Chinese basketball body halts cooperation with Houston Rockets over offending tweet
By Huizhong Wu and Hallie Gu
BEIJING, Oct 6 (Reuters) - The Chinese Basketball Association said on Sunday it was suspending "exchanges and cooperation" with the Houston Rockets basketball team, after their general manager took to Twitter to support protests in Hong Kong.
The Rockets are widely followed in China, partly because they drafted the Chinese basketball player Yao Ming in 2002, who became a star for them and helped build the NBA's following there.
In a statement posted on China's Twitter-like Weibo, the association, chaired by Yao, said it opposed Daryl Morey's comment, which it called inappropriate.
"Houston Rockets General Manager Morey publicly made an inappropriate comment related to Hong Kong," it said. "The Chinese Basketball Association strongly opposes this and will suspend exchanges and cooperation."
It did not detail the nature of the cooperation or how long the suspension would last.
Reuters' telephone calls to the association to seek comment went unanswered.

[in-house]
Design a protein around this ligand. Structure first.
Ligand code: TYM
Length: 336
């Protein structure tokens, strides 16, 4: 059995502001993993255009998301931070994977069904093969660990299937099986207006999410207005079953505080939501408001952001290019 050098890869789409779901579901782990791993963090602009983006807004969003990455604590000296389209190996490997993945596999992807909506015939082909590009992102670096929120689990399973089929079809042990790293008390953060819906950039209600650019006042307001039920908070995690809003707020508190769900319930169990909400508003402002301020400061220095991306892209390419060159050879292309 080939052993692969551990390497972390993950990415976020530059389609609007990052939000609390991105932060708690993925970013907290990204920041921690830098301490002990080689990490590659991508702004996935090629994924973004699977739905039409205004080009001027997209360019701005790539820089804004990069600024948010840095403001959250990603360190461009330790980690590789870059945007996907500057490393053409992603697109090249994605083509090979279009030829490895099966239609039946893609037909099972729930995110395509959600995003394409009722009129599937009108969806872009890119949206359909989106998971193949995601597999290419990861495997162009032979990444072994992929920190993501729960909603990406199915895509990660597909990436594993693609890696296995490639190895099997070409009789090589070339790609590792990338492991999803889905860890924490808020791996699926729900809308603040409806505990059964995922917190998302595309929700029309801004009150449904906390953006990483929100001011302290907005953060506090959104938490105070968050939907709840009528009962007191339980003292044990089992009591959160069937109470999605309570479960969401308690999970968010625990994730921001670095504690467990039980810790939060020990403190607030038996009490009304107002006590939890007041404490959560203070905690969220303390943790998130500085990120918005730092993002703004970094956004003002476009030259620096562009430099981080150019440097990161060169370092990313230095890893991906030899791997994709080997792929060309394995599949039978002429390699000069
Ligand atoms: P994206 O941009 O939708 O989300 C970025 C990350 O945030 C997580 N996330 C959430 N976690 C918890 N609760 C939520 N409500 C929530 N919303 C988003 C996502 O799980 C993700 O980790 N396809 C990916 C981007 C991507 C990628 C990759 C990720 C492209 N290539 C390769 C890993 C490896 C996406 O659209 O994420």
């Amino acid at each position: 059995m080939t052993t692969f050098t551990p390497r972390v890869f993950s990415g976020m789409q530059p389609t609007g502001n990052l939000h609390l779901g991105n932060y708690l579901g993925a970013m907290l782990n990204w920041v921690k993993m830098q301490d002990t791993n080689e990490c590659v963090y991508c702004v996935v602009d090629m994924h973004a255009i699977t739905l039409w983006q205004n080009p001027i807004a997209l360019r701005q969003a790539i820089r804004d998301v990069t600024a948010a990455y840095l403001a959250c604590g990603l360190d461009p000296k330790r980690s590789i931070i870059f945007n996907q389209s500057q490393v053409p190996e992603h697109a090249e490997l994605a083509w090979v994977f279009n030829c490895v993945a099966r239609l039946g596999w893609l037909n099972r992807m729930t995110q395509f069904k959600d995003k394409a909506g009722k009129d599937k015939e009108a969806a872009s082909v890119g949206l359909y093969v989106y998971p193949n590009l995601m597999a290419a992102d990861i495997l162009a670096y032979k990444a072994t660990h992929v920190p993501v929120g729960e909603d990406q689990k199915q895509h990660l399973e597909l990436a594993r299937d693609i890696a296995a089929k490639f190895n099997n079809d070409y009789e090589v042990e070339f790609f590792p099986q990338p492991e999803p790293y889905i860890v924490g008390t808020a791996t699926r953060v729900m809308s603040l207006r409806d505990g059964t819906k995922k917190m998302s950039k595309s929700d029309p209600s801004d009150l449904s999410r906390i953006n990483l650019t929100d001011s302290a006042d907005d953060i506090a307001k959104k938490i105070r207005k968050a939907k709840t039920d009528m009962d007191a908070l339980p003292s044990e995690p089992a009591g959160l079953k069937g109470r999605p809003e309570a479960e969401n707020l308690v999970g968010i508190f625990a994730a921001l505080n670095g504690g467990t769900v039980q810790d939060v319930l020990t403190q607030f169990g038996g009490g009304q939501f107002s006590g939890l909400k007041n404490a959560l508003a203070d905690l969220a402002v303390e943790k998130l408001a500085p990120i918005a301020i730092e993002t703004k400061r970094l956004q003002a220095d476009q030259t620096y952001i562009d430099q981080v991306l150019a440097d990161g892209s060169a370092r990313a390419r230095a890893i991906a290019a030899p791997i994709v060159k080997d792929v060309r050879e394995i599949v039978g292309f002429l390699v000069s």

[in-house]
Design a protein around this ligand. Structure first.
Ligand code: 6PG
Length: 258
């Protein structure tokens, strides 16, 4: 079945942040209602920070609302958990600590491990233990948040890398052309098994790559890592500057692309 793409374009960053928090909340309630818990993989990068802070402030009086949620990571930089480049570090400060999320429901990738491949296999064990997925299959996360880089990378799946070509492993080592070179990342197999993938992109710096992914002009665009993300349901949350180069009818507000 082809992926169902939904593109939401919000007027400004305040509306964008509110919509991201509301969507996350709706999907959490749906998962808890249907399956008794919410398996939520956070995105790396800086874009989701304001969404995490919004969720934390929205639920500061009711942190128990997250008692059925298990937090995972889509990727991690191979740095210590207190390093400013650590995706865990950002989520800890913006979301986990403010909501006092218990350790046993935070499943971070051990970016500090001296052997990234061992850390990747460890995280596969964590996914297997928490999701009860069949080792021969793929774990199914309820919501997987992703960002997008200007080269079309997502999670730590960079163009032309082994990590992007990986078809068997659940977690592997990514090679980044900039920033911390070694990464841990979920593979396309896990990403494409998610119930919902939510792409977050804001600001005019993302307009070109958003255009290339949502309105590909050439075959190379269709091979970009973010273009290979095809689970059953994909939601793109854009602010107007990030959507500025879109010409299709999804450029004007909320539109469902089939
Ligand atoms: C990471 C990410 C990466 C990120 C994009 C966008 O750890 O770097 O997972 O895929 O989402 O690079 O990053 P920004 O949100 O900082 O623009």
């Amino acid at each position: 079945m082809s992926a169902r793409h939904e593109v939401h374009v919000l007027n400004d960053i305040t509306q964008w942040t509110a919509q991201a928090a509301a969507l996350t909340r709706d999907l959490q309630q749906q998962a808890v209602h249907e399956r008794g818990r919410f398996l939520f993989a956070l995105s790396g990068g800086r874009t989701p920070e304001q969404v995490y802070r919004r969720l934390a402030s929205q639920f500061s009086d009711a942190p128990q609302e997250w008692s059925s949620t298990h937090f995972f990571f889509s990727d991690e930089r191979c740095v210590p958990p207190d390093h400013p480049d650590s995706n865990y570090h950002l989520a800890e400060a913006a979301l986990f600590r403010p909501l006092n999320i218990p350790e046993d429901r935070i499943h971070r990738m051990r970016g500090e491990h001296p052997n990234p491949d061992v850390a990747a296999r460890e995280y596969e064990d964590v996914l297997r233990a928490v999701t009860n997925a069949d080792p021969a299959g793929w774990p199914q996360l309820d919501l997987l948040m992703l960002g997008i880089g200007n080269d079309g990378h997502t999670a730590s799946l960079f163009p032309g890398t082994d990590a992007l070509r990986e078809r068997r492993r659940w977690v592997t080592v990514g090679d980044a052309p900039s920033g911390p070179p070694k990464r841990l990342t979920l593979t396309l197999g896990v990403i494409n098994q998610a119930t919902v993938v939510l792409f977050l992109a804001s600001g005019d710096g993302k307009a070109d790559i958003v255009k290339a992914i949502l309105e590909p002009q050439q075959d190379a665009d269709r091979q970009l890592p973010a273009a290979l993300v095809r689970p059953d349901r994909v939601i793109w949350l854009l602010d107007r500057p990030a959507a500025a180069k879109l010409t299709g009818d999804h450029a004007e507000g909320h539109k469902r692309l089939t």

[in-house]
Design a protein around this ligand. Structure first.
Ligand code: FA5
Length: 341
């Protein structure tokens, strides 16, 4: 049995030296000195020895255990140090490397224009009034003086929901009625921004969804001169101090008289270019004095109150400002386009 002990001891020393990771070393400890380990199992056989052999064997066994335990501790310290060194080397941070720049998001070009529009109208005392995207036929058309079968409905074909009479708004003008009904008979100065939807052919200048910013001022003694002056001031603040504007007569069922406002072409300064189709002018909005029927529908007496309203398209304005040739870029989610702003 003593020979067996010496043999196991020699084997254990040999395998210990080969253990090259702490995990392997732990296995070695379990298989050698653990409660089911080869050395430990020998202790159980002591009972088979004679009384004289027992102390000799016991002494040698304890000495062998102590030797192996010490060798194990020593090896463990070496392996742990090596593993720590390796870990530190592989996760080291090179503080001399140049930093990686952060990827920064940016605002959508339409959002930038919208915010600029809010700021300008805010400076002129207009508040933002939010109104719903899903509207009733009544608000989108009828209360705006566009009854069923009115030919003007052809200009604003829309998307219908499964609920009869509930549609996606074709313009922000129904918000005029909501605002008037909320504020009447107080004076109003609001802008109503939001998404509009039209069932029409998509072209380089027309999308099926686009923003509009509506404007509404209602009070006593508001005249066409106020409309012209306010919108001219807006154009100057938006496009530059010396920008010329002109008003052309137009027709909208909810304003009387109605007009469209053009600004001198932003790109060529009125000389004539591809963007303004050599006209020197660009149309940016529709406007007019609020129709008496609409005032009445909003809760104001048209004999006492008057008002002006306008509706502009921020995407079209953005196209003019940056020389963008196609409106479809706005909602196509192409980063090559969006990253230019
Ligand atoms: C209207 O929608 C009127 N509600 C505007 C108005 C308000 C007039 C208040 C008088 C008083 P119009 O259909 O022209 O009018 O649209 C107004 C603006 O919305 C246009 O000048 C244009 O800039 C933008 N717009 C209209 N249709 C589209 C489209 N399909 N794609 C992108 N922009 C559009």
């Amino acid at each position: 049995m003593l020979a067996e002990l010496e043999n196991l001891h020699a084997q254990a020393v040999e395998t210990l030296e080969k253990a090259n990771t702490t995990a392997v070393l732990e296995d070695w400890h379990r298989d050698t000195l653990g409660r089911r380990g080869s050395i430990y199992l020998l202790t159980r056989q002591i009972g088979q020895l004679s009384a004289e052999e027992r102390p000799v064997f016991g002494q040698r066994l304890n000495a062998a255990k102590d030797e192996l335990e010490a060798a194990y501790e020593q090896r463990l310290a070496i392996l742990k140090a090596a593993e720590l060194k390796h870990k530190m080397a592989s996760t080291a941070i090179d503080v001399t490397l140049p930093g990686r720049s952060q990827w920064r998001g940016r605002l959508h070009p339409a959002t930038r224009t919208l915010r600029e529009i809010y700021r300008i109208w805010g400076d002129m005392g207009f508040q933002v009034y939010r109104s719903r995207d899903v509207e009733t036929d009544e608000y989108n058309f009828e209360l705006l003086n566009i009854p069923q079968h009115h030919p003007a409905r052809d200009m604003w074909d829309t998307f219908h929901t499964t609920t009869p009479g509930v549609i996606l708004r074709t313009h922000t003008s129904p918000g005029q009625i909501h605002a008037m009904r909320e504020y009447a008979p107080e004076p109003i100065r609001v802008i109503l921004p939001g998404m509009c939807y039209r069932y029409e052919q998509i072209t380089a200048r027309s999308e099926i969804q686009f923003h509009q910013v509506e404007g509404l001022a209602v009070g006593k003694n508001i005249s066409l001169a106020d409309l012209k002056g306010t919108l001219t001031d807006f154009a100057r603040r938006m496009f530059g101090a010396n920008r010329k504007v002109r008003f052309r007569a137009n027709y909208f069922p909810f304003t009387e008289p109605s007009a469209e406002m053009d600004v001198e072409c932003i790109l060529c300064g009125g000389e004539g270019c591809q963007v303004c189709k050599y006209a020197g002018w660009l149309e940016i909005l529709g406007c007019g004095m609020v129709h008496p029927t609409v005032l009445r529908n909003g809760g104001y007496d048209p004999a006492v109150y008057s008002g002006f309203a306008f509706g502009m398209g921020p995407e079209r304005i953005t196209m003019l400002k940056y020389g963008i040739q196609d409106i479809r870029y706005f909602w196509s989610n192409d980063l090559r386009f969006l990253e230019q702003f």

Morey's original Twitter message over the weekend included an image captioned, "Fight For Freedom. Stand With Hong Kong." The post has since been removed and team owner Tilman Fertitta went on Twitter to distance the team from the statement.
"Daryl Morey does not speak for the Houston Rockets," he said on Saturday. "Our presence in Tokyo is all about the promotion of the NBA internationally and we are not a political organization."
The Rockets could not be reached for comment outside of business hours.
Basketball fans in China were not appeased, with many airing criticism of the Rockets on Weibo.
"I watched the Rockets for 21 years, but I'm still a Chinese person first and foremost," said one user in response to the basketball association's announcement.
Another said, "We Chinese basketball fans call on either Morey to apologize or the Rockets to fire Morey. If this doesn't happen, then we call on fans to boycott watching Rockets games." (Reporting by Huizhong Wu and Hallie Gu; Editing by Clarence Fernandez)